Phase-specific bioactivity and altered Ostwald ripening pathways of calcium carbonate polymorphs in simulated body fluid†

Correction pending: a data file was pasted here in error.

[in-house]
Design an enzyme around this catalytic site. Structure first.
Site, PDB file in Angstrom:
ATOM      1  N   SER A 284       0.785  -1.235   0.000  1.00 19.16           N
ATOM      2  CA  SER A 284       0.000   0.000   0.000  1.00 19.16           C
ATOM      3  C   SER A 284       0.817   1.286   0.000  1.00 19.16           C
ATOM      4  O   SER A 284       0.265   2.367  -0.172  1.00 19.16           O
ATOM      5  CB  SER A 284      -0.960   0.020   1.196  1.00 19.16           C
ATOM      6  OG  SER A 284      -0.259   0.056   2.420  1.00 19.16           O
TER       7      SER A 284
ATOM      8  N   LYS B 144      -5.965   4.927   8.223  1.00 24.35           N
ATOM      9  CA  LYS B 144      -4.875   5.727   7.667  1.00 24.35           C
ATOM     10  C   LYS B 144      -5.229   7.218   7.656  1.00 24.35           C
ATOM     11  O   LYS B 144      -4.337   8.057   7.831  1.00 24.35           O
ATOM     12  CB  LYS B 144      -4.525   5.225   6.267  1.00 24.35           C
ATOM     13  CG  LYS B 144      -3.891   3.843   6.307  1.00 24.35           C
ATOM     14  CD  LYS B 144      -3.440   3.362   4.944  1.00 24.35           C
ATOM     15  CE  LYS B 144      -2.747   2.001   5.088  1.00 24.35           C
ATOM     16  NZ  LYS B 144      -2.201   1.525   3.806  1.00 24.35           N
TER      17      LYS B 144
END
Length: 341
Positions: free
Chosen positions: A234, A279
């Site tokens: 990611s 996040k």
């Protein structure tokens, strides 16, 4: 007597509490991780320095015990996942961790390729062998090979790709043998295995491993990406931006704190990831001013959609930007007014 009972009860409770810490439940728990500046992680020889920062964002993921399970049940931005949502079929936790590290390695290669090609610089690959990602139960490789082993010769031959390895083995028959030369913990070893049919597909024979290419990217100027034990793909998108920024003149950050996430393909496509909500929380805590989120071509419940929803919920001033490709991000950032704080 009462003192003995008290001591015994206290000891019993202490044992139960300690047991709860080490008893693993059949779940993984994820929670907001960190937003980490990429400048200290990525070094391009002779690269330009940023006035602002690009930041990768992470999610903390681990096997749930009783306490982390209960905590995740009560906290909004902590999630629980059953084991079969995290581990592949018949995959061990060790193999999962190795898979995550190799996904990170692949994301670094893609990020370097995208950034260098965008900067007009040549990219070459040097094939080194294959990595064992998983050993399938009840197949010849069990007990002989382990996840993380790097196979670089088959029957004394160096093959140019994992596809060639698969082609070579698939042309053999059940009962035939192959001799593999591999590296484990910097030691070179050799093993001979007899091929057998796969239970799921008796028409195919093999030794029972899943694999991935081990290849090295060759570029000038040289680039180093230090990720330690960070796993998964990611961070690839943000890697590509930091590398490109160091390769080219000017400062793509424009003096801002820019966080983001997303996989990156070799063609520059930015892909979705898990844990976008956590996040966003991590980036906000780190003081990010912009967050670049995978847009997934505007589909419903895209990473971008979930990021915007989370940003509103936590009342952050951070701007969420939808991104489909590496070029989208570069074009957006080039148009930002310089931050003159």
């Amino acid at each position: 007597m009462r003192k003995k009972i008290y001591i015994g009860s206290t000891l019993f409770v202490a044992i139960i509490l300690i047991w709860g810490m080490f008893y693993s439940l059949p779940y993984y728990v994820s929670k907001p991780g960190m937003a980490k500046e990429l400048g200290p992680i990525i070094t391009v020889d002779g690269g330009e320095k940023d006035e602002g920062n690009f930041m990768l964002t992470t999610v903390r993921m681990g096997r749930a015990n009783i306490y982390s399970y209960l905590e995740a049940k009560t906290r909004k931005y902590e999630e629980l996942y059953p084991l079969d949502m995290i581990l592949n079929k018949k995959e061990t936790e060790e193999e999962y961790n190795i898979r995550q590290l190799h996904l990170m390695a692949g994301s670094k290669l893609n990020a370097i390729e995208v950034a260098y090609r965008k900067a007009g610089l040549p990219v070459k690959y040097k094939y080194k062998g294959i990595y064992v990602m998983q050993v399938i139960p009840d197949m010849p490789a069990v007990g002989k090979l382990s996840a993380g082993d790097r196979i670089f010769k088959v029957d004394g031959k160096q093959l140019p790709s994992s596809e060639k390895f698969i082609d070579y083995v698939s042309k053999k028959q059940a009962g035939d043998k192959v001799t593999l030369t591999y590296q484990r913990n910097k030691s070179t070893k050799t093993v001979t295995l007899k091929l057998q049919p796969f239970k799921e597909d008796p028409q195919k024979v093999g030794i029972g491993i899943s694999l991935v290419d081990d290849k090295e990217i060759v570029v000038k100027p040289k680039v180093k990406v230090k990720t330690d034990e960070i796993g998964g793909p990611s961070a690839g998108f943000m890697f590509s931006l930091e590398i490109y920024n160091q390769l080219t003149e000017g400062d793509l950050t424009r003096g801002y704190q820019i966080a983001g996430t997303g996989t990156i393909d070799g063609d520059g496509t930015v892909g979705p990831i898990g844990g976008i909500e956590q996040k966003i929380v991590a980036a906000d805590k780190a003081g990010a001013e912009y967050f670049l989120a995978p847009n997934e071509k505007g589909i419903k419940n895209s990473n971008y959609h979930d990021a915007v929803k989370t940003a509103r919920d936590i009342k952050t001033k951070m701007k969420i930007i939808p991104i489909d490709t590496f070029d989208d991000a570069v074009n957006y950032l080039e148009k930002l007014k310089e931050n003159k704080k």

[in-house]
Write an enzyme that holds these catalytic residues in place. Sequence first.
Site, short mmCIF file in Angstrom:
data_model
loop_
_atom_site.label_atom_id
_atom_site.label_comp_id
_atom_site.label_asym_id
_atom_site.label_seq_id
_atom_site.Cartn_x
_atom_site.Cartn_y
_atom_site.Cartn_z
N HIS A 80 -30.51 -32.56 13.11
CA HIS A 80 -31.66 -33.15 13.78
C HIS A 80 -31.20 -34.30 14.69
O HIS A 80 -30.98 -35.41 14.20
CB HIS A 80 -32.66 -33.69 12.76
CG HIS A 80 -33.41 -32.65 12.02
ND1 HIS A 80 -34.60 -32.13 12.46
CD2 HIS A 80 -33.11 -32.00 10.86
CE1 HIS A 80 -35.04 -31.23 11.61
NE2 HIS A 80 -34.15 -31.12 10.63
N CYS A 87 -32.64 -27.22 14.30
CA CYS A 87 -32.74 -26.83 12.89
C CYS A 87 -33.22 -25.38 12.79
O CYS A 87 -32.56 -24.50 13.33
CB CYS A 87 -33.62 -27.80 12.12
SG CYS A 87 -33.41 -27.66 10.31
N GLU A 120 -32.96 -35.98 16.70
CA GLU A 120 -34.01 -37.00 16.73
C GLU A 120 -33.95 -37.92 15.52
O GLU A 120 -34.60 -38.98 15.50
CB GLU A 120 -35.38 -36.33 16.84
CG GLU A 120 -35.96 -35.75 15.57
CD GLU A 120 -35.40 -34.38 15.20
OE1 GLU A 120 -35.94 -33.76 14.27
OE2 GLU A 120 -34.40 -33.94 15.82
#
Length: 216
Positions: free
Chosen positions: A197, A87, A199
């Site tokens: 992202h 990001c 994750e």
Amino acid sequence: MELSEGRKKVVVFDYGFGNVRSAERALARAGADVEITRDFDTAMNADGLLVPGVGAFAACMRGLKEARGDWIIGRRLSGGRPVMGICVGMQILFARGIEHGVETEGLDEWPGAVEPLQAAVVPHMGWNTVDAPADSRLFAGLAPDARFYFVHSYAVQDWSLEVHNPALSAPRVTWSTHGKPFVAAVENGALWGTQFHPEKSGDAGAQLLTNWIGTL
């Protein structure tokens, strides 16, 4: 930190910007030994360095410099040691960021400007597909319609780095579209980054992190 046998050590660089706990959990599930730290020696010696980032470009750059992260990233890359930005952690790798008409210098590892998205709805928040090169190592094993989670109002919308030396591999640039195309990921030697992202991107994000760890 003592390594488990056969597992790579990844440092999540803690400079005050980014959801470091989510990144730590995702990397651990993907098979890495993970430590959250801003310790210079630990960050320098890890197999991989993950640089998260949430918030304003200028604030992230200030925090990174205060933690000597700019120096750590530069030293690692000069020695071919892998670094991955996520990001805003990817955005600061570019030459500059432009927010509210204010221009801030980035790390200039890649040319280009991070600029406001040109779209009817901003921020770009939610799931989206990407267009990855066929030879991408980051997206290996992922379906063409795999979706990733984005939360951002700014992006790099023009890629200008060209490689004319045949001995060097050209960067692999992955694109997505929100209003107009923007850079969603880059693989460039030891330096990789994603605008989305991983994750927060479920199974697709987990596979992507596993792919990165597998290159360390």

Calcium carbonate is an abundant biomineral, and already archeological records demonstrate its bioactivity and applicability for osseo-integrative implants. Its solubility, which is generally higher than those of calcium phosphates, depends on its polymorph turning calcium carbonate into a promising biomaterial with tunable bioresorption rate. However, the phase-dependent bioactivity of calcium carbonate, i.e., its osteoconductivity, is still insufficiently characterized. In this study, we address this issue by monitoring the behavior of the four most important calcium carbonate phases, i.e., calcite, aragonite, vaterite, and amorphous calcium carbonate, in simulated body fluid solution at 37 °C. Our results demonstrate that the thermodynamically stable calcite phase is essentially inert. In contrast, the metastable phases aragonite and vaterite are bioactive, thus promoting the formation of calcium phosphate. Amorphous calcium carbonate (ACC) shows prominent bioactivity accompanied by pronounced redissolution processes. Mg-stabilized ACC was additionally tested since its increased stability eases formulation and handling in future applications. It is highly bioactive and, moreover, the additional release of Mg promotes cell viability. Overall, our results demonstrate that bioactivity of calcium carbonate is phase-dependent, allowing tailored response and bioactivity of future calcareous biomaterials. Our results also reveal that phosphate ions strongly interfere with Ostwald–Lussac step ripening of calcium carbonate, kinetically stabilizing metastable polymorphs such as vaterite and aragonite; this is a distinctive feature of the calcium carbonate mineral system which clearly has to be considered in future applications of calcium carbonate as a bioceramic.